Recommendations for Adolescents and the HIV Care Continuum
- Removing adult-assisted consent to HIV testing and counseling is recommended for minor adolescents with the capacity to consent. (B II)
- Adolescent-centered services are recommended in both clinical and community-based settings. (A IV)
- Informing an adolescent of his/her HIV-positive diagnosis is recommended as soon after diagnosis as feasible. (B II)
- A transition plan between pediatric and adult HIV care is recommended. (B II)
What Is the HIV Care Continuum?
Antiretroviral therapy (ART; see Fact Sheet 403) can reduce the risk of serious illness, death or transmission of HIV. ART is now recommended for all people living with HIV (PLHIV) in a strategy called treatment as prevention (TasP).
Yet, only half of people living with HIV (PLHIV) around the world are aware of their status. Among those who know their HIV status, many do not receive ART in a timely manner, fail to stay engaged in care, or do not achieve sustained viral suppression.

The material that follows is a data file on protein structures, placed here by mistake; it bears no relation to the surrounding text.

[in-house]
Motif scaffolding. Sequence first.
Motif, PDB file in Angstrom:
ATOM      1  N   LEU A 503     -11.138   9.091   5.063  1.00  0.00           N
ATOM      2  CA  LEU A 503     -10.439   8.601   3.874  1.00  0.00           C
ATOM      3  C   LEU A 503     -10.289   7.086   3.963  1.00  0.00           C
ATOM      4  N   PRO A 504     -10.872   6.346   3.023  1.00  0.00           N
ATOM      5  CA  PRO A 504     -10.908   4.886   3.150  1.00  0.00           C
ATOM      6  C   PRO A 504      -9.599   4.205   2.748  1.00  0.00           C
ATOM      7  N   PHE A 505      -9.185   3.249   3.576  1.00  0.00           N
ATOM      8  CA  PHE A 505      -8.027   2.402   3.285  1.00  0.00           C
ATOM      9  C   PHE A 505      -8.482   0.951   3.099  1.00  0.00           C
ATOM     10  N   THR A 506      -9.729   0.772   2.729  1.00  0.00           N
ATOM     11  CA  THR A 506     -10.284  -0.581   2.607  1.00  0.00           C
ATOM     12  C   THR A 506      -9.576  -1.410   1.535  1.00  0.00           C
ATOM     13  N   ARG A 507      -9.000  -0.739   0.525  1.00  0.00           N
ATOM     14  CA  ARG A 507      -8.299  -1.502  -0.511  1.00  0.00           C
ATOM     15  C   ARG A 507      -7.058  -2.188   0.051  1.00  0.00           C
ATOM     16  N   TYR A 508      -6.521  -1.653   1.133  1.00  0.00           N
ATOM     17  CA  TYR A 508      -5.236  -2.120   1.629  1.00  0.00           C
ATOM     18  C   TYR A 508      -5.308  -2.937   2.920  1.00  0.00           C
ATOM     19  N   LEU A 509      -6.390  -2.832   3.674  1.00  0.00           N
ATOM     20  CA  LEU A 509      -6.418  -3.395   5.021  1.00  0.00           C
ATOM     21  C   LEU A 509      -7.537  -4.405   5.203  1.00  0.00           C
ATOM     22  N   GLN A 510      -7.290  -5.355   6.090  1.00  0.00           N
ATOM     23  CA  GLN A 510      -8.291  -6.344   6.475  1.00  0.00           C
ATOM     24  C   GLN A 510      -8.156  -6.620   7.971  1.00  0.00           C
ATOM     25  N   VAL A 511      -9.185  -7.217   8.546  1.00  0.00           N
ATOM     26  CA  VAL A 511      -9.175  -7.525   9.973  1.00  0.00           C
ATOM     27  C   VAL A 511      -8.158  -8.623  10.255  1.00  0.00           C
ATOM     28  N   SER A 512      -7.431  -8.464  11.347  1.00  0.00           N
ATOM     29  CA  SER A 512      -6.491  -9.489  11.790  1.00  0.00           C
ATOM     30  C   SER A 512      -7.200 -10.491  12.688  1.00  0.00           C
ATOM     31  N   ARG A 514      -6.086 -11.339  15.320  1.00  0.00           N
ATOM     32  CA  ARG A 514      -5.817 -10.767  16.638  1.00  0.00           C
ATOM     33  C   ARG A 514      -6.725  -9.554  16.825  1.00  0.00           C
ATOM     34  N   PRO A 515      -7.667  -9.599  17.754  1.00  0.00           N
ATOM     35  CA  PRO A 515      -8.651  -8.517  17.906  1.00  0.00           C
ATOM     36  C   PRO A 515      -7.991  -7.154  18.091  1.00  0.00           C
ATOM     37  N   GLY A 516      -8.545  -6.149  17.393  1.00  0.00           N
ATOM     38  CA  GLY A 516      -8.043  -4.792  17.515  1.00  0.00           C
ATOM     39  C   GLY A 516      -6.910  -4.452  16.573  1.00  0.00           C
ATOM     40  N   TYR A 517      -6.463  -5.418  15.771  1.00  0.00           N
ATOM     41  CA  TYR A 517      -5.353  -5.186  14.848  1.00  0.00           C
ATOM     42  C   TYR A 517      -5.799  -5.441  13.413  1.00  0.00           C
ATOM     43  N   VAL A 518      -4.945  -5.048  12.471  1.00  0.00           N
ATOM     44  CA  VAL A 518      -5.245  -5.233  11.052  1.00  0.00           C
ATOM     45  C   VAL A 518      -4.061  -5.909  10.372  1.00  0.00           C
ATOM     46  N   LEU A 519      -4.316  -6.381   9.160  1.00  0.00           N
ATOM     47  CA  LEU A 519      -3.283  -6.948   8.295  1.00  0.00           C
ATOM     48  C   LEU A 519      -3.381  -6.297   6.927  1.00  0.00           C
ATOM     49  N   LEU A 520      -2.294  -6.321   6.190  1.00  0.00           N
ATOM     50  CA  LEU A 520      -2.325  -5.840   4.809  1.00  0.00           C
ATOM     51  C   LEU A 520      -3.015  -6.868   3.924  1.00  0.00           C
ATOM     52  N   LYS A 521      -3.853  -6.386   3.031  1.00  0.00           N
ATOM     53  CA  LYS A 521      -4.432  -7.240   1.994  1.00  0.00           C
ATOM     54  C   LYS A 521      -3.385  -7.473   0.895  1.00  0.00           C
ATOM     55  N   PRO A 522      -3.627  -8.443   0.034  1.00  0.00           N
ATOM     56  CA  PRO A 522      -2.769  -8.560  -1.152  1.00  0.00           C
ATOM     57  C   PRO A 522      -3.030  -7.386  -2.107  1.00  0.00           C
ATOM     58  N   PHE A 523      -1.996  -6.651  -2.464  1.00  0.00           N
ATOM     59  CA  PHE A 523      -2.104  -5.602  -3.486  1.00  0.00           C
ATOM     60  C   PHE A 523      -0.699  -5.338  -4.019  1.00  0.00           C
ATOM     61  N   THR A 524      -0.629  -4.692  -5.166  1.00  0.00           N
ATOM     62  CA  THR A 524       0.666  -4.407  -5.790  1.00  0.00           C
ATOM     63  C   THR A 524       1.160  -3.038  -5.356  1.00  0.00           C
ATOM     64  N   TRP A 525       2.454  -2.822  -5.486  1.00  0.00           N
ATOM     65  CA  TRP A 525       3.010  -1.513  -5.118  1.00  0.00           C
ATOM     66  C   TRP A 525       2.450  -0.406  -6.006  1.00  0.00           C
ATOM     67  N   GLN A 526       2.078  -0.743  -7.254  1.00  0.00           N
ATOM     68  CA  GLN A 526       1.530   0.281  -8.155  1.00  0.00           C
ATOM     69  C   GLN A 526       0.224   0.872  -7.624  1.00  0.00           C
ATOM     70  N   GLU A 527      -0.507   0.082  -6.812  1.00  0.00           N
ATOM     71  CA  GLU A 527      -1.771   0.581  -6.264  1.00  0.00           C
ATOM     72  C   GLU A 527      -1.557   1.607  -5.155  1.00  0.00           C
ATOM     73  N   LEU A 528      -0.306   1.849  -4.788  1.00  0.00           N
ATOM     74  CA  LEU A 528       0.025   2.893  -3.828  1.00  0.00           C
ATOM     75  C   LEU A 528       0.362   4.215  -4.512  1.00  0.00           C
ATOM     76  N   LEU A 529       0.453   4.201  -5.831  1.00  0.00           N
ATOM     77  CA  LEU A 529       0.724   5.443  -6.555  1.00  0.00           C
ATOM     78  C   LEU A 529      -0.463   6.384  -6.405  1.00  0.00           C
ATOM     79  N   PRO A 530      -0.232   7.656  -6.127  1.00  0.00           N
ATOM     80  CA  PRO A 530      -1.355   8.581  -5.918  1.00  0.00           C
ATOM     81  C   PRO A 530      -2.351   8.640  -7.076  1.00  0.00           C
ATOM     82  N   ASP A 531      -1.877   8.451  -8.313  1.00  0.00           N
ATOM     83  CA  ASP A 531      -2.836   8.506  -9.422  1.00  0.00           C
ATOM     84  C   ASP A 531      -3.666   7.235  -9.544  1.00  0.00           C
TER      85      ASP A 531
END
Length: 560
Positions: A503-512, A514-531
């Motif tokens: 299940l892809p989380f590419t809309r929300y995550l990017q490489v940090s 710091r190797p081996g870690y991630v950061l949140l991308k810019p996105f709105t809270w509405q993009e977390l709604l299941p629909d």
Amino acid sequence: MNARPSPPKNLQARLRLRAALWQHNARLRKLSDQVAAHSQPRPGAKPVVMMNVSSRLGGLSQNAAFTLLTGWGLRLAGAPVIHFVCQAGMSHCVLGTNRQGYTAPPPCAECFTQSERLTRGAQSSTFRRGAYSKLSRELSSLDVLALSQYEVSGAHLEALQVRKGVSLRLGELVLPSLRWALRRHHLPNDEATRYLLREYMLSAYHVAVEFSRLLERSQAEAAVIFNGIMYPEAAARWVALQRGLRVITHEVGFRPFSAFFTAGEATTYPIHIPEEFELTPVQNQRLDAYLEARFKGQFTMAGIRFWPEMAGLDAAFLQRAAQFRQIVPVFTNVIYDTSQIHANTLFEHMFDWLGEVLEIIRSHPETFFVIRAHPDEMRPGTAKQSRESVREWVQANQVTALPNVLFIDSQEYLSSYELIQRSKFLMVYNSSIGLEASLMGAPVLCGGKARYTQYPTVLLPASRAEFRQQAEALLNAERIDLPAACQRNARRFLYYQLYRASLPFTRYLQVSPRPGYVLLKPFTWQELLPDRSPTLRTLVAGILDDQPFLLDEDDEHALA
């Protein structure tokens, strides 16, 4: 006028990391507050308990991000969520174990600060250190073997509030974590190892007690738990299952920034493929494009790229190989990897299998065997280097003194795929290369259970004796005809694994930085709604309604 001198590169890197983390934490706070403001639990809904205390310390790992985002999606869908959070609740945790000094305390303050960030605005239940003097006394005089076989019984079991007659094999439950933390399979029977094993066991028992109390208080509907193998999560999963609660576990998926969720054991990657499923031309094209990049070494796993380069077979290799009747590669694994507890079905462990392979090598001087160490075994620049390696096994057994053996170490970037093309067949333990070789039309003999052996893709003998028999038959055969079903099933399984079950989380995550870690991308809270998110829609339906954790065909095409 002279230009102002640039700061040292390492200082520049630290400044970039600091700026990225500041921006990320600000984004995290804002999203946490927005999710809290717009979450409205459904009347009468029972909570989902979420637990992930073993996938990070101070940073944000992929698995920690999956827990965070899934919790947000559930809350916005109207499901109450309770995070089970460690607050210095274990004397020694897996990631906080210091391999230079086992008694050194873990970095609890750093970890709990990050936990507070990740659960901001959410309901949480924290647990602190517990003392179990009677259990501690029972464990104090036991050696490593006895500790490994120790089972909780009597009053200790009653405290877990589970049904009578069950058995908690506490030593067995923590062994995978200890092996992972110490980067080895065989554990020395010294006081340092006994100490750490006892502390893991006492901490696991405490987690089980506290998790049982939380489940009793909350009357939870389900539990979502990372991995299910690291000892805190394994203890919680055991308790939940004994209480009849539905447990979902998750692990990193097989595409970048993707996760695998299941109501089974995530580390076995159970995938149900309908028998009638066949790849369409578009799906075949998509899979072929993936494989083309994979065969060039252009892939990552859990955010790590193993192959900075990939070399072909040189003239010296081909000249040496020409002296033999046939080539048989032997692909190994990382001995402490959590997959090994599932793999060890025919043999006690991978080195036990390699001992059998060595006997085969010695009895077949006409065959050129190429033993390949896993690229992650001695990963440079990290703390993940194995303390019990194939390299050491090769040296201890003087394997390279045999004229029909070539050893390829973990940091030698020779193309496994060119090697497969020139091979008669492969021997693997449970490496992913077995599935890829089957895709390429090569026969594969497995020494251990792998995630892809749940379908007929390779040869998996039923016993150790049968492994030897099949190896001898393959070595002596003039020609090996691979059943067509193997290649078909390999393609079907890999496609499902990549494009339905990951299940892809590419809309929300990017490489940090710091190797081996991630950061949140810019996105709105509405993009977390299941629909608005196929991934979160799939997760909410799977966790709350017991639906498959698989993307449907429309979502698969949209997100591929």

The HIV care continuum is a way of describing the steps in the care and treatment of PLHIV, which include:
- Diagnosis (HIV testing; see Fact Sheet 102)
- Getting into medical care
- Staying in medical care
- Prescription of ART
- Achieving viral suppression (undetectable viral load; see Fact Sheet 125)
The care continuum can help communities and health programs understand how well PLHIV receive care and treatment, improve health and prevent new infections.
What Are the IAPAC Guidelines?
The International Association of Providers of AIDS Care (IAPAC), through a multidisciplinary panel of international advisors, developed the first comprehensive, evidence-based guidelines for optimizing the HIV care continuum, with an aim to increase HIV testing coverage, linkage to care, treatment coverage, engagement and retention in care, and viral suppression for adults and adolescents.
The panel reviewed the scientific literature on the HIV care continuum and made 36 recommendations in six subject areas:
The recommendations are graded by strength and quality of the body of evidence as follows: Strong (A); Moderate (B); Optional (C); Excellent (I); High (II); Medium (III); Low (IV).
What's the Bottom Line?
The HIV care continuum describes how many people living with HIV know their status, engage in medical care, receive ART and achieve undetectable HIV viral loads.
The IAPAC guidelines are the first evidence-based recommendations to improve the care environment for PLHIV.
Offering ART is recommended immediately after HIV diagnosis, for all PLWHIV.